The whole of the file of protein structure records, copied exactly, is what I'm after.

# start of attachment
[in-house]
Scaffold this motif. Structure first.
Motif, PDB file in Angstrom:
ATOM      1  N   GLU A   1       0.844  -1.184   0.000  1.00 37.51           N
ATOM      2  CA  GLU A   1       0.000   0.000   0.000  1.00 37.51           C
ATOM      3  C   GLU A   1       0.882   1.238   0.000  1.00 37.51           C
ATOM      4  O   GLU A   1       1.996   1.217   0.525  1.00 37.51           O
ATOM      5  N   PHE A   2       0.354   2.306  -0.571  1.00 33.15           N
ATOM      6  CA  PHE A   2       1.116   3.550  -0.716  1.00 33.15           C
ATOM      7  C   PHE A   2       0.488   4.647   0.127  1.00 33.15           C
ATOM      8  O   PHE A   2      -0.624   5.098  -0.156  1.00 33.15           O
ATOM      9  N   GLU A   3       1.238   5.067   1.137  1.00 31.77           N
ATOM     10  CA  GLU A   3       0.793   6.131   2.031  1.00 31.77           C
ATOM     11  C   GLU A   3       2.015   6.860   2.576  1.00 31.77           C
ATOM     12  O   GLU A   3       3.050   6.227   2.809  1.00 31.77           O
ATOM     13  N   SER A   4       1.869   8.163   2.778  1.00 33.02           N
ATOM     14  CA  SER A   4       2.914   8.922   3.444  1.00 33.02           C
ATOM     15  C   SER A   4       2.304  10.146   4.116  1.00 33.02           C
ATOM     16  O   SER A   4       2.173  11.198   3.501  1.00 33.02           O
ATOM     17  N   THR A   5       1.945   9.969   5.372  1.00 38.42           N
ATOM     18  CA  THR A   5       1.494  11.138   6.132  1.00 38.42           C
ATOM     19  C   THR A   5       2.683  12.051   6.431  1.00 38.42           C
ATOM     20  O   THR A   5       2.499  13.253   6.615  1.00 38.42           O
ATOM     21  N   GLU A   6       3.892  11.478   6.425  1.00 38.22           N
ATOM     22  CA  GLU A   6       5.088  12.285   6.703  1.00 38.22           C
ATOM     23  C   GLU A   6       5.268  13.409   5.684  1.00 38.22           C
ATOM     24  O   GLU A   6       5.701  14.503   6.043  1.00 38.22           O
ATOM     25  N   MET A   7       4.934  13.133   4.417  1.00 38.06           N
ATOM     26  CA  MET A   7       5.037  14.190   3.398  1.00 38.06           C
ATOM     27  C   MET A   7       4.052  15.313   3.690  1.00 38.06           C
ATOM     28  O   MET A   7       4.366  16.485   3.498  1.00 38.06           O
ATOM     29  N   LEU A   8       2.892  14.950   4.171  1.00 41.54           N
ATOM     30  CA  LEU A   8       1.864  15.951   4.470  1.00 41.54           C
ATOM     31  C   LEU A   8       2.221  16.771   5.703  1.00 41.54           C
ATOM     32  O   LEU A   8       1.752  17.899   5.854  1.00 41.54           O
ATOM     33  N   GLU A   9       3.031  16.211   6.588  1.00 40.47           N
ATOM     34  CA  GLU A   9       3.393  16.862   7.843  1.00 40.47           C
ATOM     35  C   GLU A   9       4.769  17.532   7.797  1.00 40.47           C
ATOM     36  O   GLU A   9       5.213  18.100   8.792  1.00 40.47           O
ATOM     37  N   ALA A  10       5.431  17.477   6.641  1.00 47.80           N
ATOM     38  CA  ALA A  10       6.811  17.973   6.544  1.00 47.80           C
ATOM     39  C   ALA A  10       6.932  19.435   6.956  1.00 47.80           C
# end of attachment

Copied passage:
[in-house]
Scaffold this motif. Structure first.
Motif, PDB file in Angstrom:
ATOM      1  N   GLU A   1       0.844  -1.184   0.000  1.00 37.51           N
ATOM      2  CA  GLU A   1       0.000   0.000   0.000  1.00 37.51           C
ATOM      3  C   GLU A   1       0.882   1.238   0.000  1.00 37.51           C
ATOM      4  O   GLU A   1       1.996   1.217   0.525  1.00 37.51           O
ATOM      5  N   PHE A   2       0.354   2.306  -0.571  1.00 33.15           N
ATOM      6  CA  PHE A   2       1.116   3.550  -0.716  1.00 33.15           C
ATOM      7  C   PHE A   2       0.488   4.647   0.127  1.00 33.15           C
ATOM      8  O   PHE A   2      -0.624   5.098  -0.156  1.00 33.15           O
ATOM      9  N   GLU A   3       1.238   5.067   1.137  1.00 31.77           N
ATOM     10  CA  GLU A   3       0.793   6.131   2.031  1.00 31.77           C
ATOM     11  C   GLU A   3       2.015   6.860   2.576  1.00 31.77           C
ATOM     12  O   GLU A   3       3.050   6.227   2.809  1.00 31.77           O
ATOM     13  N   SER A   4       1.869   8.163   2.778  1.00 33.02           N
ATOM     14  CA  SER A   4       2.914   8.922   3.444  1.00 33.02           C
ATOM     15  C   SER A   4       2.304  10.146   4.116  1.00 33.02           C
ATOM     16  O   SER A   4       2.173  11.198   3.501  1.00 33.02           O
ATOM     17  N   THR A   5       1.945   9.969   5.372  1.00 38.42           N
ATOM     18  CA  THR A   5       1.494  11.138   6.132  1.00 38.42           C
ATOM     19  C   THR A   5       2.683  12.051   6.431  1.00 38.42           C
ATOM     20  O   THR A   5       2.499  13.253   6.615  1.00 38.42           O
ATOM     21  N   GLU A   6       3.892  11.478   6.425  1.00 38.22           N
ATOM     22  CA  GLU A   6       5.088  12.285   6.703  1.00 38.22           C
ATOM     23  C   GLU A   6       5.268  13.409   5.684  1.00 38.22           C
ATOM     24  O   GLU A   6       5.701  14.503   6.043  1.00 38.22           O
ATOM     25  N   MET A   7       4.934  13.133   4.417  1.00 38.06           N
ATOM     26  CA  MET A   7       5.037  14.190   3.398  1.00 38.06           C
ATOM     27  C   MET A   7       4.052  15.313   3.690  1.00 38.06           C
ATOM     28  O   MET A   7       4.366  16.485   3.498  1.00 38.06           O
ATOM     29  N   LEU A   8       2.892  14.950   4.171  1.00 41.54           N
ATOM     30  CA  LEU A   8       1.864  15.951   4.470  1.00 41.54           C
ATOM     31  C   LEU A   8       2.221  16.771   5.703  1.00 41.54           C
ATOM     32  O   LEU A   8       1.752  17.899   5.854  1.00 41.54           O
ATOM     33  N   GLU A   9       3.031  16.211   6.588  1.00 40.47           N
ATOM     34  CA  GLU A   9       3.393  16.862   7.843  1.00 40.47           C
ATOM     35  C   GLU A   9       4.769  17.532   7.797  1.00 40.47           C
ATOM     36  O   GLU A   9       5.213  18.100   8.792  1.00 40.47           O
ATOM     37  N   ALA A  10       5.431  17.477   6.641  1.00 47.80           N
ATOM     38  CA  ALA A  10       6.811  17.973   6.544  1.00 47.80           C
ATOM     39  C   ALA A  10       6.932  19.435   6.956  1.00 47.80           C